In his Report, submitted to President George Maxwell Richards last week and published on Easter Sunday exclusively in the Sunday Newsday, Uff finds that Rowley would not have been aware of the $10 million error, but argues that he would have, ultimately as housing minister, been responsible for it.
Uff also rejects arguments made by Rowley’s former Cabinet colleague, Works and Transport Minister Colm Imbert, that something was amiss in the financing for the project.
Of the $10 million discrepancy, which first emerged when Prime Minister Patrick Manning launched an attack on Rowley in Parliament, asking, “Where the money gone?” Uff said, “The person least likely to have picked up the discrepancy was the Minister, Dr Rowley, when authorising this project along with others, by signing off the letter of April 26, 2005.”
“While Dr Rowley must ultimately bear responsibility for mistakes on the part of agency companies undertaking the business of the Ministry of Housing, no personal blame can attach to Dr Rowley for the original discrepancy, for its non-discovery until 2008,” Uff finds.
In relation to Rowley, Uff also notes that the former housing minister was the subject of a secret Integrity Commission investigation in relation to the aborted tender procedure at the Customs and Excise Building in 2002, an investigation which rebounded on the Integrity Commission itself. He described that probe and the circumstances surrounding as part of an “extraordinary and unfolding saga” involving Rowley.
“No doubt there are lessons to be learnt here, but they are not matters for this inquiry,” Uff observes.
However, while Uff arguably clears Rowley of personal wrong-doing in relation to the $10 million discrepancy issue, he make other key findings. Uff notes that the $10 million discrepancy was an “error” that was, surprisingly, not picked up at the HDC.
The British jurist notes that it was open to interpret the error, which he traced to paper work at the HDC and was reflected in paperwork of the project’s contractor NH (International) Caribbean Limited, as being dishonest on the part of persons who may have perpetuated it. “The ‘errors’ were patent and should have been quickly detected by the most rudimentary system of checking,” he observes. “It remains a matter of considerable surprise that the (errors) were not picked up during the period between their first appearance on April 11, 2005 and the letter of award of May 3, 2005.”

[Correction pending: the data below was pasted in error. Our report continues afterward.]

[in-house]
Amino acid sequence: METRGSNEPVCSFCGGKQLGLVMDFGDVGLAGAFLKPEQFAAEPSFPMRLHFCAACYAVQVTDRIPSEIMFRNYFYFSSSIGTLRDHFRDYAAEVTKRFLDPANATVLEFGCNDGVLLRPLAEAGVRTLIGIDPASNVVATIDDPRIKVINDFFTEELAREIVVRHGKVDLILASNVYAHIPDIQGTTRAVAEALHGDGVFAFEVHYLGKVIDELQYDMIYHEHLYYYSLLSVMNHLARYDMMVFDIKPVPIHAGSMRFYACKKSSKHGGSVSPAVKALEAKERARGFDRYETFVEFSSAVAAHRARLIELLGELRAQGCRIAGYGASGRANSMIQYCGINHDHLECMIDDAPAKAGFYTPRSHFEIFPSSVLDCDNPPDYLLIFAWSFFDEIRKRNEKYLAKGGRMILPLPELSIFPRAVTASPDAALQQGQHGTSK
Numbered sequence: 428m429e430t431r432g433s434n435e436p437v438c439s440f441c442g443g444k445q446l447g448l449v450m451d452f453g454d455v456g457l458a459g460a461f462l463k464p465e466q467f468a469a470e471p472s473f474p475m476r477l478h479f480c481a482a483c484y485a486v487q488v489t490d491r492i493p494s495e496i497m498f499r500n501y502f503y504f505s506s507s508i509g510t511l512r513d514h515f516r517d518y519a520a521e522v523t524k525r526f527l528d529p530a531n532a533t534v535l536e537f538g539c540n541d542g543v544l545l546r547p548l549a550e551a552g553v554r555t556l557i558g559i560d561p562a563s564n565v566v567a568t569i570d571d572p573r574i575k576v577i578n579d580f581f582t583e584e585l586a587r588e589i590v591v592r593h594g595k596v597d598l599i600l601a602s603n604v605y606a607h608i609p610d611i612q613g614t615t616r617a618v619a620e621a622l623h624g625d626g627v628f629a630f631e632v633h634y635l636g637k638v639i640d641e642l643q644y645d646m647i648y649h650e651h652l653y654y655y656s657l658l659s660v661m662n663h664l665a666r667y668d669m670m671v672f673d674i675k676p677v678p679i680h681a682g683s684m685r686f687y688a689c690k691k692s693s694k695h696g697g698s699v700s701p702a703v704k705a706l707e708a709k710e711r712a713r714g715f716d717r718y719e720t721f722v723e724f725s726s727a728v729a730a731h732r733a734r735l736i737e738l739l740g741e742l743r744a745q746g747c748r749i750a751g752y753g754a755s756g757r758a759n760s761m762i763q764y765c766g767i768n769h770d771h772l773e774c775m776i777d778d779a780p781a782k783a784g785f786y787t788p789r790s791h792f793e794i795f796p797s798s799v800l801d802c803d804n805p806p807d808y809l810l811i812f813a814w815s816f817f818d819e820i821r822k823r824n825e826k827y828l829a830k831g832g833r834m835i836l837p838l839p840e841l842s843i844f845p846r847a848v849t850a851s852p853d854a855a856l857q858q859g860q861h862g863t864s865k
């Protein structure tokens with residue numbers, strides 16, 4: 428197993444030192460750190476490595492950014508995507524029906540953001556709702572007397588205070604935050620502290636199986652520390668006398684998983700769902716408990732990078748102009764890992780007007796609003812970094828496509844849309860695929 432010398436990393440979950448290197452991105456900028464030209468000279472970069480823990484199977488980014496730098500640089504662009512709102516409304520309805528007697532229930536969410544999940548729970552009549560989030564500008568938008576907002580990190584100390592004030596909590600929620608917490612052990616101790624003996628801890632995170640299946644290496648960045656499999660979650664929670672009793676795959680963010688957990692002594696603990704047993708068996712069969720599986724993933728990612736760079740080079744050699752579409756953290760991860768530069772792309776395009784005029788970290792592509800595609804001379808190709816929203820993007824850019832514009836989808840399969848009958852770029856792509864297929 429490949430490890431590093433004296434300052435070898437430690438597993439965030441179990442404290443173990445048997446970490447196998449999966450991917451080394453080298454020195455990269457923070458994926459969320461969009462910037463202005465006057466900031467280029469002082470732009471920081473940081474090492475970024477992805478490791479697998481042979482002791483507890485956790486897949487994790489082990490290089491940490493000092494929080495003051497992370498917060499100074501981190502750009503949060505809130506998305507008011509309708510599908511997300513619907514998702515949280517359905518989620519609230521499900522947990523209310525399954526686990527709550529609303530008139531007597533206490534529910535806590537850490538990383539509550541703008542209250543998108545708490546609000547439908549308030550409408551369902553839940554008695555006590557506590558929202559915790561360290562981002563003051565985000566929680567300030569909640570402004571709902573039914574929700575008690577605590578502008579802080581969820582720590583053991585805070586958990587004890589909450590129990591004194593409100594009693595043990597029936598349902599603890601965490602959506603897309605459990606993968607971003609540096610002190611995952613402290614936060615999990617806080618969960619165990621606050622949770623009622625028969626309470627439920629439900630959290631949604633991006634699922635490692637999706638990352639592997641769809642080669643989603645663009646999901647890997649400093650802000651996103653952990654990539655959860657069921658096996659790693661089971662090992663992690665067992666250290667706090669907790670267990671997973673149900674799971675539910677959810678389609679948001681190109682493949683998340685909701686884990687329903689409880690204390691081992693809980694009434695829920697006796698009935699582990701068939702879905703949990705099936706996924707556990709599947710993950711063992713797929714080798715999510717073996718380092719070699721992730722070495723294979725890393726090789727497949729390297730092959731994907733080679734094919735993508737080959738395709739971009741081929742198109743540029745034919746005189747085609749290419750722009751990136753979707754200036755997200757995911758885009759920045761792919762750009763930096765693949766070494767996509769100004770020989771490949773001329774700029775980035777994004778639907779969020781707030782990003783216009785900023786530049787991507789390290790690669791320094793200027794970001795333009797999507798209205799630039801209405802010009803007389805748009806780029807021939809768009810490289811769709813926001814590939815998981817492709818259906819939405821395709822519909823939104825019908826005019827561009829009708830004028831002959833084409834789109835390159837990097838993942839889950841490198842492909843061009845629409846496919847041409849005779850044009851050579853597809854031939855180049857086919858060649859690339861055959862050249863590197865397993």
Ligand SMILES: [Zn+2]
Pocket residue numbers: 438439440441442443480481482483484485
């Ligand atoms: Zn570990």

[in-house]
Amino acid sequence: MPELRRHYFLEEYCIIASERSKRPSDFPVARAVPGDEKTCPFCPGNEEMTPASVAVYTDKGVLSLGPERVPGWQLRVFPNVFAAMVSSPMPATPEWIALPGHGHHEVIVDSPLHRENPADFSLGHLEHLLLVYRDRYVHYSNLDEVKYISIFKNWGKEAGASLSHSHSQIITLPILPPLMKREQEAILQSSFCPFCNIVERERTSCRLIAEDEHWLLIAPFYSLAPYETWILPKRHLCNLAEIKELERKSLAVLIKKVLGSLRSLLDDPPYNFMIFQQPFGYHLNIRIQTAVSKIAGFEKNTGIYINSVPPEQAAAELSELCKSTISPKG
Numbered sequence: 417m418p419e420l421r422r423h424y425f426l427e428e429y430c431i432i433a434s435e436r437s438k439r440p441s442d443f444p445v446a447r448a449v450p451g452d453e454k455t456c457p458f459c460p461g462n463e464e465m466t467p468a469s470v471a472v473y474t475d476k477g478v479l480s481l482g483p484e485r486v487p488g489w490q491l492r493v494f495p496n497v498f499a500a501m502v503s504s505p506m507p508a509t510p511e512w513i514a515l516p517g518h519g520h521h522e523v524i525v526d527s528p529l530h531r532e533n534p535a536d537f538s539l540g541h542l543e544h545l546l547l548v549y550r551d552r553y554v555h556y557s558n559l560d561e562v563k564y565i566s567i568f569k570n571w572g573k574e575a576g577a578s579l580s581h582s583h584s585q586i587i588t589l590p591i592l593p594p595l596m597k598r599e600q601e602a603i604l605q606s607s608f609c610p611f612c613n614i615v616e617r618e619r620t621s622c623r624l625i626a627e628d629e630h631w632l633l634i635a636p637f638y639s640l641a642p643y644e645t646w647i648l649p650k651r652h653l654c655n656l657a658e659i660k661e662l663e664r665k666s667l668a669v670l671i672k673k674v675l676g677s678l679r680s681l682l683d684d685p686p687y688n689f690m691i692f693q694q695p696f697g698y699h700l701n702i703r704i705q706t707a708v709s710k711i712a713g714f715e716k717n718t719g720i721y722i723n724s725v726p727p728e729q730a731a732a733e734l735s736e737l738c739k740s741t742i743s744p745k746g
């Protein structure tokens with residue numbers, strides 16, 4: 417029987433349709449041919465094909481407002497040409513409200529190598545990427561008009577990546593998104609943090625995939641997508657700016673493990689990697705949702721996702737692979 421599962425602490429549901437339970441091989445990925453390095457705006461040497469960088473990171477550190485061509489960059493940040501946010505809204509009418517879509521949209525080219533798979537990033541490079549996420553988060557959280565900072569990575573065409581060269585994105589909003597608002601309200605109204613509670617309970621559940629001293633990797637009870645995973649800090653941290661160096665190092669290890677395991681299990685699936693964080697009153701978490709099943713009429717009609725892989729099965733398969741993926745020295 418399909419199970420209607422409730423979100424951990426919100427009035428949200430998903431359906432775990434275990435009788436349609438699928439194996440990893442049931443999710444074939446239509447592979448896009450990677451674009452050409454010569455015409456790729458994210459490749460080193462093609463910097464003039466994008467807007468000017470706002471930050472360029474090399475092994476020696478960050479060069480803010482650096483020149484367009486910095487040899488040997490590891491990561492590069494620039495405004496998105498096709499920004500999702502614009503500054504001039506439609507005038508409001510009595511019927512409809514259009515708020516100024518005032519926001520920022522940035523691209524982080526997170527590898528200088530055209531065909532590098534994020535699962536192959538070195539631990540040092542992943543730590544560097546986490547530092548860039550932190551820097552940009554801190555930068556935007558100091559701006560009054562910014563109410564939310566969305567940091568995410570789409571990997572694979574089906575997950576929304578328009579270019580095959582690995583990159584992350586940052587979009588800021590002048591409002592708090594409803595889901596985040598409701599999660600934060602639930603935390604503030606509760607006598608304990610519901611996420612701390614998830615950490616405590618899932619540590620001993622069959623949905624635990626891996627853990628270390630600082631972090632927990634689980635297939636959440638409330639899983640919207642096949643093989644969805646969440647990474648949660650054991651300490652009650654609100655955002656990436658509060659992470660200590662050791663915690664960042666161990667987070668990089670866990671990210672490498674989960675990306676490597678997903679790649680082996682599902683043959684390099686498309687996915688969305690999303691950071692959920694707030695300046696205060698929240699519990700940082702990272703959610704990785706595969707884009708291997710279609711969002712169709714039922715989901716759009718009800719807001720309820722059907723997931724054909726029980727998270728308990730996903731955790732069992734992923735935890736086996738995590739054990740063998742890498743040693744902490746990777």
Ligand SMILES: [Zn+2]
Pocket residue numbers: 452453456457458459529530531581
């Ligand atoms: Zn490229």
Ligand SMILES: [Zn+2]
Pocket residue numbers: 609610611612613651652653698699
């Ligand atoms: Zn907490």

“We are alarmed that such a serious error should not have been formally documented,” he says. “The conclusion we draw from the above facts is that while the original ‘error’ could have been the result of one or more clerical slips, the fact that it apparently went unnoticed up to and beyond the award of the contract is difficult to comprehend and at best reflects poorly on the operations and management of NHA/HDC.”
He notes that later changes to documents may have been attempts to reconcile the figures but also “equally consistent with a dishonest motive”.
Noting that Planning Minister Emily Gaynor Dick-Forde retained the services of forensic accountant Bob Lindquist to probe the project but has to date failed to produce Lindquist’s report, Uff however does not recommend further investigation in the absence of fresh evidence on the matter.
On general matters at Cleaver Heights, Uff notes that there were problems with the transfer of the title of lands to home-owners and expressed surprise that the State would advance millions on projects without ensuring that issues like land title were resolved, even up to 2009 under Dick- Forde.